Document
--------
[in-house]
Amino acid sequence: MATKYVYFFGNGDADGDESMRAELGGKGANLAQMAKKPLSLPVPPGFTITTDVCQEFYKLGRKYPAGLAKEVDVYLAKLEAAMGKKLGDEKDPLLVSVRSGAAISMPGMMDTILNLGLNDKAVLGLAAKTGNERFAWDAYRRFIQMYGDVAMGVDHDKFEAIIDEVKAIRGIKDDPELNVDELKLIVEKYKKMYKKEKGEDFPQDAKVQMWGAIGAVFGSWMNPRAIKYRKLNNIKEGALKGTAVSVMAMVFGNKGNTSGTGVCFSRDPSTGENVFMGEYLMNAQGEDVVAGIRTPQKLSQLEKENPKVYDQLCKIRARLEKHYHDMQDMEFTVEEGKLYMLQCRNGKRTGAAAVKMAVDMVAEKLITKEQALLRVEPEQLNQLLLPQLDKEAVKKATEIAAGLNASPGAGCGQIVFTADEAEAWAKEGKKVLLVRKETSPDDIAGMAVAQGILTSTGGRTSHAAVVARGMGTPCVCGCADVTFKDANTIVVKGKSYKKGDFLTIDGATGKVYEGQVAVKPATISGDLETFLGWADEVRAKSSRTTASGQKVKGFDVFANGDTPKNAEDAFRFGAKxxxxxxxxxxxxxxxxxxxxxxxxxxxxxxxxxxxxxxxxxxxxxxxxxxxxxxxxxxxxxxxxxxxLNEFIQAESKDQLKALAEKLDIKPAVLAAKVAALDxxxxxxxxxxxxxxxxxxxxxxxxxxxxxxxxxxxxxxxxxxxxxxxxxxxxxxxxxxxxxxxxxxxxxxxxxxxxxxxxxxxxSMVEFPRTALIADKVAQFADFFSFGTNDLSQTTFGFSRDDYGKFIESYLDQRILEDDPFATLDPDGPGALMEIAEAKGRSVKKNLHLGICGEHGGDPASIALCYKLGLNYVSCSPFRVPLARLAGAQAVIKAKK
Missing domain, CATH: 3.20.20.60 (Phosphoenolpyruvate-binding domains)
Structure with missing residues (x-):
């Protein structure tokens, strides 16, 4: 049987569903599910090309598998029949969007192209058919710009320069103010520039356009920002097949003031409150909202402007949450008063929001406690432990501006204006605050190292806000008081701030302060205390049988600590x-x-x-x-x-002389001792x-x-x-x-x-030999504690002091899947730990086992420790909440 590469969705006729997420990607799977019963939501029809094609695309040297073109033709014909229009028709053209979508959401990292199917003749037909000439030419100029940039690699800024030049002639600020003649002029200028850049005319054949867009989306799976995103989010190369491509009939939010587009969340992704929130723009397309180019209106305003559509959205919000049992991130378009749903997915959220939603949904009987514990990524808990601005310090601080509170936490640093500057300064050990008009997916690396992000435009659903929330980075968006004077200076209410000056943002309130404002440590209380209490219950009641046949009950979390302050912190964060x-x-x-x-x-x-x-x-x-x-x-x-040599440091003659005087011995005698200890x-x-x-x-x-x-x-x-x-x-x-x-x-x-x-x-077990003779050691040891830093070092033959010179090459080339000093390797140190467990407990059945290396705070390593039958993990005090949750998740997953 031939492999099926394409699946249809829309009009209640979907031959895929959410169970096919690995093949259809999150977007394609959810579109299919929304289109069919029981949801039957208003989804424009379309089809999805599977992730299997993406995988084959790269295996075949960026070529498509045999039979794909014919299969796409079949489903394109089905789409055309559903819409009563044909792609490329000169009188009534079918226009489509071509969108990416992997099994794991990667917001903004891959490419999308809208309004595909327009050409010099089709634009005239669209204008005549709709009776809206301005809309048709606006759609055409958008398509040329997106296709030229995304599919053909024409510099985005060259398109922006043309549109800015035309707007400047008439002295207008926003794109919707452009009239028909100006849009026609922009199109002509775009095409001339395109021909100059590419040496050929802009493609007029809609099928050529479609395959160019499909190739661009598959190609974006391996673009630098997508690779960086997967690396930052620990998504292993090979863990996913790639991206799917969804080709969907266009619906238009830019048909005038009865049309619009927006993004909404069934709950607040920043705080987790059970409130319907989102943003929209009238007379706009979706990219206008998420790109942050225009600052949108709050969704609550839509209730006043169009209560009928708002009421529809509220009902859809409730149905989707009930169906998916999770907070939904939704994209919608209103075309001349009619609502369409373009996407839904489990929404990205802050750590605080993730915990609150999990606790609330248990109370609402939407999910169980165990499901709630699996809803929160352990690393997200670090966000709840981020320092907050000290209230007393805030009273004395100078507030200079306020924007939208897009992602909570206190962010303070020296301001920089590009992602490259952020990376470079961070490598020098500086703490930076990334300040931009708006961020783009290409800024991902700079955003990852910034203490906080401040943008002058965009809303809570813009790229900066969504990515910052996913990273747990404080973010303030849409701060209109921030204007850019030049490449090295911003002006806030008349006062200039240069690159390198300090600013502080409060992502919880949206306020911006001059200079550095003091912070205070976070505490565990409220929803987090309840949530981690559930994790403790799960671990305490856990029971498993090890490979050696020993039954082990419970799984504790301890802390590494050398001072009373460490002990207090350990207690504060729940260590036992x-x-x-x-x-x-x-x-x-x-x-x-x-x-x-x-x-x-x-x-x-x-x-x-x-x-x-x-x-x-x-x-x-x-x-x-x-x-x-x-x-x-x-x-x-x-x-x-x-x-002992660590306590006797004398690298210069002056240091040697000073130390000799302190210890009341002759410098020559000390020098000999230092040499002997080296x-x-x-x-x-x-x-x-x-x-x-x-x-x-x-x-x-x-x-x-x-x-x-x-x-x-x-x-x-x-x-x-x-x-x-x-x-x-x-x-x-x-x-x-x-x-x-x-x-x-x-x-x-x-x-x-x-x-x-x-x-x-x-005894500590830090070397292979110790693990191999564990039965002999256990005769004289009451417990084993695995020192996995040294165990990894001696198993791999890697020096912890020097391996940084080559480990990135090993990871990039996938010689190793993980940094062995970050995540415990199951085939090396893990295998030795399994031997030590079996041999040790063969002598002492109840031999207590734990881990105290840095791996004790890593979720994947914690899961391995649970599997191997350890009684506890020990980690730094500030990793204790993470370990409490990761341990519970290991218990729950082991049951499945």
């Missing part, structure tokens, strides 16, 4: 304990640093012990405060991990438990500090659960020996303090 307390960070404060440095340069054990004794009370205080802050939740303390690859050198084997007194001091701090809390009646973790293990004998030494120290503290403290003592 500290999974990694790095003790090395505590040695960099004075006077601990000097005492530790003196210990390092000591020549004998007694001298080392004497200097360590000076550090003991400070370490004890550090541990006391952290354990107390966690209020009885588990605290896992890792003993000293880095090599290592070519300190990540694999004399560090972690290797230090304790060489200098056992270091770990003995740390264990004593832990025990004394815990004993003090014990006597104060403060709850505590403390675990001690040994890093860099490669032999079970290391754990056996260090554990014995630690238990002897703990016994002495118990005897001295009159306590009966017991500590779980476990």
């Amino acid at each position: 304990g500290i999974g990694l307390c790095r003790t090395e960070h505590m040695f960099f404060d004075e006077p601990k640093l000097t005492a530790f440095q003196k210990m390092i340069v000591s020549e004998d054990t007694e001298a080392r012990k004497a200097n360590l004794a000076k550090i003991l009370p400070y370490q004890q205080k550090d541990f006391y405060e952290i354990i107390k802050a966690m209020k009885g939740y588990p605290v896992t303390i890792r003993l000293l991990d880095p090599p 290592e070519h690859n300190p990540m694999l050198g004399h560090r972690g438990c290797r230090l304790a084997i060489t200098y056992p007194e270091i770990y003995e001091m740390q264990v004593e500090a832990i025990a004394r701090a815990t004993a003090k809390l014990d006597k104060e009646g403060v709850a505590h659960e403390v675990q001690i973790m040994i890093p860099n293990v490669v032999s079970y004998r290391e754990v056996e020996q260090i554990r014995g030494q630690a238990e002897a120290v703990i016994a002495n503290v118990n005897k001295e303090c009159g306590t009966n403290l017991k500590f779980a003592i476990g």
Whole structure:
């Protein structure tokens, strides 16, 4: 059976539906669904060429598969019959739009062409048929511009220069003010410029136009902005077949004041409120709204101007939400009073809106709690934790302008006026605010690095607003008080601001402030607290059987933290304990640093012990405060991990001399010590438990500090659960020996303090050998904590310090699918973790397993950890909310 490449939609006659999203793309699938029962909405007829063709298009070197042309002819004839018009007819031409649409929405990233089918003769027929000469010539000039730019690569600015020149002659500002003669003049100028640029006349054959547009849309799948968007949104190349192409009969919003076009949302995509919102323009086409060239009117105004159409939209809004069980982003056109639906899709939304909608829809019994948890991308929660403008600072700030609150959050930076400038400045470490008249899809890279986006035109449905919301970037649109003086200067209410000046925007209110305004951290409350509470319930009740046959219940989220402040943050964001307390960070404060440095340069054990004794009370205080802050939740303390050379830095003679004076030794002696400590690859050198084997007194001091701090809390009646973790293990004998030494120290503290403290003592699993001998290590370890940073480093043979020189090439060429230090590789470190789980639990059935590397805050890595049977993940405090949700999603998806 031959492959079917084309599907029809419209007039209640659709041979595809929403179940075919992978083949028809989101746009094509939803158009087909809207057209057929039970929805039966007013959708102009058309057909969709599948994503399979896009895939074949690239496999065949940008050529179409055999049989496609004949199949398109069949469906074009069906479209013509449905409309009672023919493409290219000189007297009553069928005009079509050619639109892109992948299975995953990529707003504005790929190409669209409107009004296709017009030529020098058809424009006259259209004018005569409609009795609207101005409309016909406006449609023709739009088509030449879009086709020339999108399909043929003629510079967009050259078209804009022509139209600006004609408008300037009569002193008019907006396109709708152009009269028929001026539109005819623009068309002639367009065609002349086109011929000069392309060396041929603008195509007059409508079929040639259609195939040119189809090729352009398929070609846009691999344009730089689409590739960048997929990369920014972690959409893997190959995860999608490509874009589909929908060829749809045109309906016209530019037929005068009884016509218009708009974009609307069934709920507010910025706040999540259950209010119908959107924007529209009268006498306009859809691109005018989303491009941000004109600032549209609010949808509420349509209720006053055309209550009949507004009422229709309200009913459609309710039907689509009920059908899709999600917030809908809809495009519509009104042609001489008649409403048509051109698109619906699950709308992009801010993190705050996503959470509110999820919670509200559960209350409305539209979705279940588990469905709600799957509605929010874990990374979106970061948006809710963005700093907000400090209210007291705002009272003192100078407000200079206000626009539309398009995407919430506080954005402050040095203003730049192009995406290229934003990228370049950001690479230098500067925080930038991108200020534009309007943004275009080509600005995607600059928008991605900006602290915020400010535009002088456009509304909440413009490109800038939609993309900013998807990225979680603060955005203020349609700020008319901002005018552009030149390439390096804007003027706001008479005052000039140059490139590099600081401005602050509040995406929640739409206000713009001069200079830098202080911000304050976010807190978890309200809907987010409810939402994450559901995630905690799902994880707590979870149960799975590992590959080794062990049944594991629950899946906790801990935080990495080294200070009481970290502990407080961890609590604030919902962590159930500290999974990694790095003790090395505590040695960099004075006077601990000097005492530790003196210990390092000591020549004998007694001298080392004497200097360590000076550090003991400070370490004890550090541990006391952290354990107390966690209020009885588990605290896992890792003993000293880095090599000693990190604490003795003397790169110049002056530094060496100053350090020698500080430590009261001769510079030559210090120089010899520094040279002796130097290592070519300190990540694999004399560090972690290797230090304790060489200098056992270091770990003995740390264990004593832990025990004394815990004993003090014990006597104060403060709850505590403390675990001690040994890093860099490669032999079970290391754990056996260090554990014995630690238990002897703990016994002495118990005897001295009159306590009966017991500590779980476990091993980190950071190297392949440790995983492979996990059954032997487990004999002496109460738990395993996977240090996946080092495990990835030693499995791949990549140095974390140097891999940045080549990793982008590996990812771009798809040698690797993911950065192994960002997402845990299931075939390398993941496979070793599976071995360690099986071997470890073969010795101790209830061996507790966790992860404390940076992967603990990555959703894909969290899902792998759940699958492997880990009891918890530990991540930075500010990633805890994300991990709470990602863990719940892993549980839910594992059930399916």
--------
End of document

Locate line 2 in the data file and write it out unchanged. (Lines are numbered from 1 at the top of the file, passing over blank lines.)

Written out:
Amino acid sequence: MATKYVYFFGNGDADGDESMRAELGGKGANLAQMAKKPLSLPVPPGFTITTDVCQEFYKLGRKYPAGLAKEVDVYLAKLEAAMGKKLGDEKDPLLVSVRSGAAISMPGMMDTILNLGLNDKAVLGLAAKTGNERFAWDAYRRFIQMYGDVAMGVDHDKFEAIIDEVKAIRGIKDDPELNVDELKLIVEKYKKMYKKEKGEDFPQDAKVQMWGAIGAVFGSWMNPRAIKYRKLNNIKEGALKGTAVSVMAMVFGNKGNTSGTGVCFSRDPSTGENVFMGEYLMNAQGEDVVAGIRTPQKLSQLEKENPKVYDQLCKIRARLEKHYHDMQDMEFTVEEGKLYMLQCRNGKRTGAAAVKMAVDMVAEKLITKEQALLRVEPEQLNQLLLPQLDKEAVKKATEIAAGLNASPGAGCGQIVFTADEAEAWAKEGKKVLLVRKETSPDDIAGMAVAQGILTSTGGRTSHAAVVARGMGTPCVCGCADVTFKDANTIVVKGKSYKKGDFLTIDGATGKVYEGQVAVKPATISGDLETFLGWADEVRAKSSRTTASGQKVKGFDVFANGDTPKNAEDAFRFGAKxxxxxxxxxxxxxxxxxxxxxxxxxxxxxxxxxxxxxxxxxxxxxxxxxxxxxxxxxxxxxxxxxxxLNEFIQAESKDQLKALAEKLDIKPAVLAAKVAALDxxxxxxxxxxxxxxxxxxxxxxxxxxxxxxxxxxxxxxxxxxxxxxxxxxxxxxxxxxxxxxxxxxxxxxxxxxxxxxxxxxxxSMVEFPRTALIADKVAQFADFFSFGTNDLSQTTFGFSRDDYGKFIESYLDQRILEDDPFATLDPDGPGALMEIAEAKGRSVKKNLHLGICGEHGGDPASIALCYKLGLNYVSCSPFRVPLARLAGAQAVIKAKK